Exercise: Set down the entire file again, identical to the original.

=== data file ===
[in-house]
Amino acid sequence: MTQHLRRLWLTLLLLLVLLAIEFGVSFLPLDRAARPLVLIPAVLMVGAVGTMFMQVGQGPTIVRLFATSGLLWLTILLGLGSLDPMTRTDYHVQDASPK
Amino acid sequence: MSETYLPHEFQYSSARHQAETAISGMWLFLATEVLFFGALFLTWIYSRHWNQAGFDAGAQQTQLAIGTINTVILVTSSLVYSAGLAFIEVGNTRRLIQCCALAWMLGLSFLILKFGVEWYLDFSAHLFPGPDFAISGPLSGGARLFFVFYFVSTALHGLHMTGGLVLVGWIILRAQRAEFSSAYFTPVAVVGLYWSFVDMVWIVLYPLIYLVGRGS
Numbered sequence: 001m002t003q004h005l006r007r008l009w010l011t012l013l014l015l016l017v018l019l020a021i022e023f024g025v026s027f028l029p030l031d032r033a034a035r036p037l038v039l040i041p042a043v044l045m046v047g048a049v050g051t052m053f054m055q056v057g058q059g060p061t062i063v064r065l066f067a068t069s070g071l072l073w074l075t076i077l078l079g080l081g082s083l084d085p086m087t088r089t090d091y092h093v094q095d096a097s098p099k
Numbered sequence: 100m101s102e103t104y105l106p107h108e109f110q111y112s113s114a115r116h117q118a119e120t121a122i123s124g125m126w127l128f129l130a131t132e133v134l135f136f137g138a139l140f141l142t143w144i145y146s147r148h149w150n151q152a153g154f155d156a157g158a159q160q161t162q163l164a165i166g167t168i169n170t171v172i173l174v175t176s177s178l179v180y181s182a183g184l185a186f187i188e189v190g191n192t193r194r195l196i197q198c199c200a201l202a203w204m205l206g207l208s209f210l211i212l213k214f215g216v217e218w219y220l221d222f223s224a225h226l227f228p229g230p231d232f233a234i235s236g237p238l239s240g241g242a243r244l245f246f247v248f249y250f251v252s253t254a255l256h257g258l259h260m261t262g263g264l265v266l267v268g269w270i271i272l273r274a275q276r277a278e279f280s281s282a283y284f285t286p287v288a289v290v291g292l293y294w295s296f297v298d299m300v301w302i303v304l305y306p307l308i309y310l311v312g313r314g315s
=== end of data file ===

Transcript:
[in-house]
Amino acid sequence: MTQHLRRLWLTLLLLLVLLAIEFGVSFLPLDRAARPLVLIPAVLMVGAVGTMFMQVGQGPTIVRLFATSGLLWLTILLGLGSLDPMTRTDYHVQDASPK
Amino acid sequence: MSETYLPHEFQYSSARHQAETAISGMWLFLATEVLFFGALFLTWIYSRHWNQAGFDAGAQQTQLAIGTINTVILVTSSLVYSAGLAFIEVGNTRRLIQCCALAWMLGLSFLILKFGVEWYLDFSAHLFPGPDFAISGPLSGGARLFFVFYFVSTALHGLHMTGGLVLVGWIILRAQRAEFSSAYFTPVAVVGLYWSFVDMVWIVLYPLIYLVGRGS
Numbered sequence: 001m002t003q004h005l006r007r008l009w010l011t012l013l014l015l016l017v018l019l020a021i022e023f024g025v026s027f028l029p030l031d032r033a034a035r036p037l038v039l040i041p042a043v044l045m046v047g048a049v050g051t052m053f054m055q056v057g058q059g060p061t062i063v064r065l066f067a068t069s070g071l072l073w074l075t076i077l078l079g080l081g082s083l084d085p086m087t088r089t090d091y092h093v094q095d096a097s098p099k
Numbered sequence: 100m101s102e103t104y105l106p107h108e109f110q111y112s113s114a115r116h117q118a119e120t121a122i123s124g125m126w127l128f129l130a131t132e133v134l135f136f137g138a139l140f141l142t143w144i145y146s147r148h149w150n151q152a153g154f155d156a157g158a159q160q161t162q163l164a165i166g167t168i169n170t171v172i173l174v175t176s177s178l179v180y181s182a183g184l185a186f187i188e189v190g191n192t193r194r195l196i197q198c199c200a201l202a203w204m205l206g207l208s209f210l211i212l213k214f215g216v217e218w219y220l221d222f223s224a225h226l227f228p229g230p231d232f233a234i235s236g237p238l239s240g241g242a243r244l245f246f247v248f249y250f251v252s253t254a255l256h257g258l259h260m261t262g263g264l265v266l267v268g269w270i271i272l273r274a275q276r277a278e279f280s281s282a283y284f285t286p287v288a289v290v291g292l293y294w295s296f297v298d299m300v301w302i303v304l305y306p307l308i309y310l311v312g313r314g315s